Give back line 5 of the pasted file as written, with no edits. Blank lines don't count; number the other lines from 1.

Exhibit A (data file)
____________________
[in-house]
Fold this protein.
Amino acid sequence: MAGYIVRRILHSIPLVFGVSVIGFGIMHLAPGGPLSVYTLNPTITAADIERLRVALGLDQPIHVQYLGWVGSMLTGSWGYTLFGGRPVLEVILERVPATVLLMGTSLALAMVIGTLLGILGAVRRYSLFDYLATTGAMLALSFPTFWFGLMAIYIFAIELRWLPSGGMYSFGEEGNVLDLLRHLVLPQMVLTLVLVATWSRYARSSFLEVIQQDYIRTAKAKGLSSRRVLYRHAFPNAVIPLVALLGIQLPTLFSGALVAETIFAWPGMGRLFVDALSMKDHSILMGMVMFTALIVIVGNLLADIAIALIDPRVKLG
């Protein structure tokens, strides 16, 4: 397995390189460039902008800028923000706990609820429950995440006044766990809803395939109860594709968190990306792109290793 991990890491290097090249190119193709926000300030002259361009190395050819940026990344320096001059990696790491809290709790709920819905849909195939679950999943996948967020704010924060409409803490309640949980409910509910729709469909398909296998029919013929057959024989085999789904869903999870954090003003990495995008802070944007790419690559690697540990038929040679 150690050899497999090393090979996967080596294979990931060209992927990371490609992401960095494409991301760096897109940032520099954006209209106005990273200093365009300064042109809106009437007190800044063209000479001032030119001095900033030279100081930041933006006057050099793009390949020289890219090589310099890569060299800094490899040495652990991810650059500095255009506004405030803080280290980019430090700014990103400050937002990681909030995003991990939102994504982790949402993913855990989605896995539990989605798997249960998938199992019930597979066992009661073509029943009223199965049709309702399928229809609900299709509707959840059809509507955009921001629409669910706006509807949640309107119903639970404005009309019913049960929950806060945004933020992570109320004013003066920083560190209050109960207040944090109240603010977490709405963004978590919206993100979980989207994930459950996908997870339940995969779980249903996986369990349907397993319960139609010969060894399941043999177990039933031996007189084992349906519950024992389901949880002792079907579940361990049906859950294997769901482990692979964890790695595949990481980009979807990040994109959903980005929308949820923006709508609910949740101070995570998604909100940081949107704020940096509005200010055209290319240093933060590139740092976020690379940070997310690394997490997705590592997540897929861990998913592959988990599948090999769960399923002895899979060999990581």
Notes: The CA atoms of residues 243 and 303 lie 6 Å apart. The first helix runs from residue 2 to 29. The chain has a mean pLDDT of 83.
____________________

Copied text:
Notes: The CA atoms of residues 243 and 303 lie 6 Å apart. The first helix runs from residue 2 to 29. The chain has a mean pLDDT of 83.